Jardin en Fleurs Sauvignon Blanc Celebrates Spring

I did it.

As a signal to Mother Nature or Father Equinox, or whatever Benevolent Being might be watching, I did it.
I hung my springtime forsythia-branch wreath on my front door, cold weather be damned!
Was any Being watching or listening??

In fact, someonemust have noticed my wreath!  Sunday brought a warm, hazy day—the warmest we have experienced for many months!

My sunny patio was calling…

I grabbed a bottle of the Jardin en Fleurs Sauvignon Blanc and hit the sunshine.

“Jardin en Fleurs” meaning Garden in Bloom could not have been a better choice, both for the hope inspired by the name, and for the perfect spring-like wine in the bottle.

The Jardin en Fleurs hails from the Touraine Appellation in France’s Loire Valley. The Loire Valleyis four wine regions all positioned along the three-hundred mile stretch of the Loire River, with Touraine being in the central Loire.

Touraine is certainly well-known for its Vouvray appellation, where wines are made from 100% Chenin Blanc.  Just east of Vouvray, though, (but not far enough east to be in Sancerre or Pouilly-Fume country) wines are made with 100% Sauvignon Blanc.  

 

Sipping a charmingly obscure French Sauvignon Blanc on my warm, sunny patio on one of March’s final days was a nod from the gods, I’m sure!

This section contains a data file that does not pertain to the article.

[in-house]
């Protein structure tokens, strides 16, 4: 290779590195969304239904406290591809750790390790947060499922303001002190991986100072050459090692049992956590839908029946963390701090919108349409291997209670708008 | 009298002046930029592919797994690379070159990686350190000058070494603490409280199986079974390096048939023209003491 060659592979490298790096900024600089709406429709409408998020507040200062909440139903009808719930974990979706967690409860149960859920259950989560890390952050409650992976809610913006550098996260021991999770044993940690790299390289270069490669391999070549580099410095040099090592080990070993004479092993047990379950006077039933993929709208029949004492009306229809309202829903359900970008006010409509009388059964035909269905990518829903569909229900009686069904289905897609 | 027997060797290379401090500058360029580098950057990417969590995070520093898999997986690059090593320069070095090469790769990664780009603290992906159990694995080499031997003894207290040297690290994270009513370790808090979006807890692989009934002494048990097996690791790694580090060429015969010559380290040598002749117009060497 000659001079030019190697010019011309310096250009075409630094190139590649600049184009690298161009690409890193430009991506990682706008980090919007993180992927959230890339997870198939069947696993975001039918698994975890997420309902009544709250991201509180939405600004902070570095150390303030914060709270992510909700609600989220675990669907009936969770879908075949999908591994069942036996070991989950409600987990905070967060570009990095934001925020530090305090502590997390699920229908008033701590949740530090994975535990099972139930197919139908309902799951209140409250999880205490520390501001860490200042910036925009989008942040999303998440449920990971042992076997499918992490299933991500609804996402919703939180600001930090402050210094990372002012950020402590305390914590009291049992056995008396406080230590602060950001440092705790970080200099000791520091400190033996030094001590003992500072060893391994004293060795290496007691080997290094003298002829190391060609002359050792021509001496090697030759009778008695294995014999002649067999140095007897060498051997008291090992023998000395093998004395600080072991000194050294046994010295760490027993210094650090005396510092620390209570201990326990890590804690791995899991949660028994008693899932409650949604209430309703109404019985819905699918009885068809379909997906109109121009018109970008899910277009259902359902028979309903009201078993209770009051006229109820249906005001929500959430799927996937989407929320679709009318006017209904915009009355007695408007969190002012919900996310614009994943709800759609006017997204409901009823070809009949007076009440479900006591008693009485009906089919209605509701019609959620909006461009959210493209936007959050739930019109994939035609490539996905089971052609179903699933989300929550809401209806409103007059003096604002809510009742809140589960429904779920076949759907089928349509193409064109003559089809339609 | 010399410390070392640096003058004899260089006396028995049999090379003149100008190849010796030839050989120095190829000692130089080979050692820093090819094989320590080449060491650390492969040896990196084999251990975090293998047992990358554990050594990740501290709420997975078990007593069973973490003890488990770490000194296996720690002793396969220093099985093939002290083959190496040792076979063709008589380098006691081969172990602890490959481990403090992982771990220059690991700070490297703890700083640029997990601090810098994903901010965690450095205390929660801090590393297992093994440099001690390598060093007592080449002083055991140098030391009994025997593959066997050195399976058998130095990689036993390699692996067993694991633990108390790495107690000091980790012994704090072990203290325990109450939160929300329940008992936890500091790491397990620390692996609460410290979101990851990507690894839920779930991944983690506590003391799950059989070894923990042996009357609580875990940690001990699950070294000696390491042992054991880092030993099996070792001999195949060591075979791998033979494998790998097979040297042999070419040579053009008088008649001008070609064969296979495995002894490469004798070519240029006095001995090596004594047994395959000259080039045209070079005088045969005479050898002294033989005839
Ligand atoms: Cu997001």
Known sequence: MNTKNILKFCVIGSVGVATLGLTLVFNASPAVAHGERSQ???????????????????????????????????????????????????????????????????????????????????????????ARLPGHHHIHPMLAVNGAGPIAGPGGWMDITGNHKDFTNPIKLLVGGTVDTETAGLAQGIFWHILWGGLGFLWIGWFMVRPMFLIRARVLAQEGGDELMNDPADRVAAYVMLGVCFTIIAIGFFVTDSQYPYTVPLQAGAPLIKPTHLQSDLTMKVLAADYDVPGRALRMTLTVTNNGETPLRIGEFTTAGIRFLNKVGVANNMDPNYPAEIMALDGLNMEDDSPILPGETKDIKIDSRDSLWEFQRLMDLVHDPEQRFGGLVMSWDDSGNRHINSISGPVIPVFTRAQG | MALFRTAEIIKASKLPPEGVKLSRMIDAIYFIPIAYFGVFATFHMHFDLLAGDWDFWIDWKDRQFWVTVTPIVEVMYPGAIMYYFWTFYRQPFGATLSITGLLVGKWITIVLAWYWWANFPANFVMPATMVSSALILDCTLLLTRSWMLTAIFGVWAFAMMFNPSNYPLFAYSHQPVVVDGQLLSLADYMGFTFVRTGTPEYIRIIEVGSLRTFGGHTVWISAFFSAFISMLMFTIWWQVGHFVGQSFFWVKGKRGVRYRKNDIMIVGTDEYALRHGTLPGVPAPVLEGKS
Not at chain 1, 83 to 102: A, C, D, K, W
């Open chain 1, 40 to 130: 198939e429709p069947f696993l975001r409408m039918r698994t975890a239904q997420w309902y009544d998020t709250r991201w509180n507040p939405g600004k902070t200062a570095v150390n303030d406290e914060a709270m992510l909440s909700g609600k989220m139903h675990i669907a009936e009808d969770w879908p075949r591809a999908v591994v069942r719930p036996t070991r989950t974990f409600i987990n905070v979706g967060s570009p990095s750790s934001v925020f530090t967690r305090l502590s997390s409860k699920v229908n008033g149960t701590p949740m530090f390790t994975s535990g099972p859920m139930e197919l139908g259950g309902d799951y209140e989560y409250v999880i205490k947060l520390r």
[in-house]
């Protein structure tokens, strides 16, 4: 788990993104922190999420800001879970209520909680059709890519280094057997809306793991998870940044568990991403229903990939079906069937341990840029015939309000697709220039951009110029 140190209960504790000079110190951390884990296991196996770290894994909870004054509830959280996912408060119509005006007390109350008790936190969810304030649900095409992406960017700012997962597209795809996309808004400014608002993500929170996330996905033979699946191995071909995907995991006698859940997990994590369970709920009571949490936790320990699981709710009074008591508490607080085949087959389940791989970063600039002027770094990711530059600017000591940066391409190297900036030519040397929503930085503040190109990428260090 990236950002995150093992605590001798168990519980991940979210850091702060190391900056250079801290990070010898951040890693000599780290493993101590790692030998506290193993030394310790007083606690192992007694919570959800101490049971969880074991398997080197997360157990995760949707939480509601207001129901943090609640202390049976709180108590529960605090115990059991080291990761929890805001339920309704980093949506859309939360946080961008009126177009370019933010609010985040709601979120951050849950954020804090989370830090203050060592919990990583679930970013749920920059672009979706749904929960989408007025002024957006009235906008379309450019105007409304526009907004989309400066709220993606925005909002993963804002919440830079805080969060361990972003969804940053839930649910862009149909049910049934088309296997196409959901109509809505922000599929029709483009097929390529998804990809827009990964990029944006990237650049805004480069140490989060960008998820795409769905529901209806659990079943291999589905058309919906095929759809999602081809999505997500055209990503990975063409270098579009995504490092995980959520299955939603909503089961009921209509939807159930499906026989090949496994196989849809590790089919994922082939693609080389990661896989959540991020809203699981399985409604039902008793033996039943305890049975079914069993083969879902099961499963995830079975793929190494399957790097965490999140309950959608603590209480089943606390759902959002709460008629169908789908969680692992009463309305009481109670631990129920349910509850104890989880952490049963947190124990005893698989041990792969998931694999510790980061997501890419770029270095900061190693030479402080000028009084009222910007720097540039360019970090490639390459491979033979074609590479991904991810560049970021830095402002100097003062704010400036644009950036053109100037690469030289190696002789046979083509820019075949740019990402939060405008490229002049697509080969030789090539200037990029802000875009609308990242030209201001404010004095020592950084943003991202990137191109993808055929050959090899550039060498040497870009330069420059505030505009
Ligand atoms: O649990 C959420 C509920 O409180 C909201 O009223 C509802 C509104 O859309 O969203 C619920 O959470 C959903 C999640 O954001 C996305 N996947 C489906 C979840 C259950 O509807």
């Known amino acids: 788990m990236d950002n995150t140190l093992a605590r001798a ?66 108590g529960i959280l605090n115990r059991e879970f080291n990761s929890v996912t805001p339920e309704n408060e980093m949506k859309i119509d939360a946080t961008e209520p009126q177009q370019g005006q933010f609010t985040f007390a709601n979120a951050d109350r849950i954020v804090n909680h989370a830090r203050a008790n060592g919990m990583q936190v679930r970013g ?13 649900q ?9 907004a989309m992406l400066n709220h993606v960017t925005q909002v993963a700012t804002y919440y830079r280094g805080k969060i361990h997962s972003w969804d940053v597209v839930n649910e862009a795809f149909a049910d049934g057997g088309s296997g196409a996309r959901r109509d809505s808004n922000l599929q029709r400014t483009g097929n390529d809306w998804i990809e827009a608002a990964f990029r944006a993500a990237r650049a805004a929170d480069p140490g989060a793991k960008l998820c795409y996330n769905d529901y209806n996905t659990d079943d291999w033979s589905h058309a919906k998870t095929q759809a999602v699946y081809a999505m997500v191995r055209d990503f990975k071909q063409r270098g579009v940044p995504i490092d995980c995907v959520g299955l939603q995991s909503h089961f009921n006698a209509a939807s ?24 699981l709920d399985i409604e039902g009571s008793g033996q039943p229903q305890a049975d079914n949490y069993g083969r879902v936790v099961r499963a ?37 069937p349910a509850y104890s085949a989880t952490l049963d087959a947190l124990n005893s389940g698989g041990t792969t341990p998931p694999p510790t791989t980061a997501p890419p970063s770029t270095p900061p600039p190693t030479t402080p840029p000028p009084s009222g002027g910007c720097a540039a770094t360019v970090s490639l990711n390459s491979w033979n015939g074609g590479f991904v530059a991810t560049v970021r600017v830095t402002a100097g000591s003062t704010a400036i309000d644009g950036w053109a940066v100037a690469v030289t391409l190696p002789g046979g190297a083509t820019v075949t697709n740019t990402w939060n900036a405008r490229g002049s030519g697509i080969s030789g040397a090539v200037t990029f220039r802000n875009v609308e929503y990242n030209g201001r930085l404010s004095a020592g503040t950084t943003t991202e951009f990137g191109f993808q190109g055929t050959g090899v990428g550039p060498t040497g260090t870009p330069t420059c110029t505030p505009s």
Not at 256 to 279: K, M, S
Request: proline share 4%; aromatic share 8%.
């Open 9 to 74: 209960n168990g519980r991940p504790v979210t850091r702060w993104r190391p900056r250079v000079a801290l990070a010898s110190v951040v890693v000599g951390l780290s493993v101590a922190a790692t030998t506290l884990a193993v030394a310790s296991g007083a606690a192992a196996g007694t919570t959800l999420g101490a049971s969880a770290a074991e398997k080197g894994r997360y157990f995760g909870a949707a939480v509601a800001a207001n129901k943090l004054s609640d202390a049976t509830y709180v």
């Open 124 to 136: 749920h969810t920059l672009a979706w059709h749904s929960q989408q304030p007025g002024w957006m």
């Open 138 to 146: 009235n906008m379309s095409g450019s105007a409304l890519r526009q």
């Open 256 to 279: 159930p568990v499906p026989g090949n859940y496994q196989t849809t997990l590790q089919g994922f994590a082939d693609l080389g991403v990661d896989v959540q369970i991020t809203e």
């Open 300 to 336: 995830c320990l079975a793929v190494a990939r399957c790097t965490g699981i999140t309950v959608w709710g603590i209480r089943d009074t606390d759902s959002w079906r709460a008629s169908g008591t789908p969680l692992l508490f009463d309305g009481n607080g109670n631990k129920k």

The Jardin is all full of herbs and grass with bits of pear and white peach aromas.  It just smells like spring.  On the palate, it continues with herbs and grassy notes.  More flavors of pear and ripe gooseberry, even a little green pepper, finish with just a hint of melon.  There is not so much as a mention of grapefruit, although there is a touch of lemon zestiness.

This Sauvignon Blanc is lean and pure—a true expression of the Loire.

I should have hung my forsythia wreath earlier.   

 

 

About the author: Sue Navratil

2 comments to “Jardin en Fleurs Sauvignon Blanc Celebrates Spring”

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  1. Nathan Sanderson - Apr 01, 2014 Reply

    As expected, well written, but a bit above my skill level. Couldn't you just say "them there wine tastes good"? There wasn't even a notation of efficiency!

  2. Sue Navratil - Apr 01, 2014 Reply

    Thank you for the helpful suggestion Nathan! I will be sure to try that highly descriptive line in my next blog… =) And with my wines, efficiency is assumed.

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